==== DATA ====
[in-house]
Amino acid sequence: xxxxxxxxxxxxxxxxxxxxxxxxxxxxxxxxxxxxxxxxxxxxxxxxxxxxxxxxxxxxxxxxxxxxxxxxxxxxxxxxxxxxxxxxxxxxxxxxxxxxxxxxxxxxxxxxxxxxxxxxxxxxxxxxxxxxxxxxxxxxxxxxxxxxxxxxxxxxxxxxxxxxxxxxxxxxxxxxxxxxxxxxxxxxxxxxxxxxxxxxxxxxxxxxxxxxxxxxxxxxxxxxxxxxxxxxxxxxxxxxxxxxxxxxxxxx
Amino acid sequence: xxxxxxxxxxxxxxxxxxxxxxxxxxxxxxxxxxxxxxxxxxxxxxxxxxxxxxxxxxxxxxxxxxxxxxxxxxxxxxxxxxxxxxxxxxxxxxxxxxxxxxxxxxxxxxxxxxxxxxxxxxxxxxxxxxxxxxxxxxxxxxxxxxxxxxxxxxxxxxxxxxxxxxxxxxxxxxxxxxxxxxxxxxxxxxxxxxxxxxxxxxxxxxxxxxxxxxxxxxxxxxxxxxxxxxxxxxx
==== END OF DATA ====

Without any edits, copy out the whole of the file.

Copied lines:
[in-house]
Amino acid sequence: xxxxxxxxxxxxxxxxxxxxxxxxxxxxxxxxxxxxxxxxxxxxxxxxxxxxxxxxxxxxxxxxxxxxxxxxxxxxxxxxxxxxxxxxxxxxxxxxxxxxxxxxxxxxxxxxxxxxxxxxxxxxxxxxxxxxxxxxxxxxxxxxxxxxxxxxxxxxxxxxxxxxxxxxxxxxxxxxxxxxxxxxxxxxxxxxxxxxxxxxxxxxxxxxxxxxxxxxxxxxxxxxxxxxxxxxxxxxxxxxxxxxxxxxxxxx
Amino acid sequence: xxxxxxxxxxxxxxxxxxxxxxxxxxxxxxxxxxxxxxxxxxxxxxxxxxxxxxxxxxxxxxxxxxxxxxxxxxxxxxxxxxxxxxxxxxxxxxxxxxxxxxxxxxxxxxxxxxxxxxxxxxxxxxxxxxxxxxxxxxxxxxxxxxxxxxxxxxxxxxxxxxxxxxxxxxxxxxxxxxxxxxxxxxxxxxxxxxxxxxxxxxxxxxxxxxxxxxxxxxxxxxxxxxxxxxxxxxx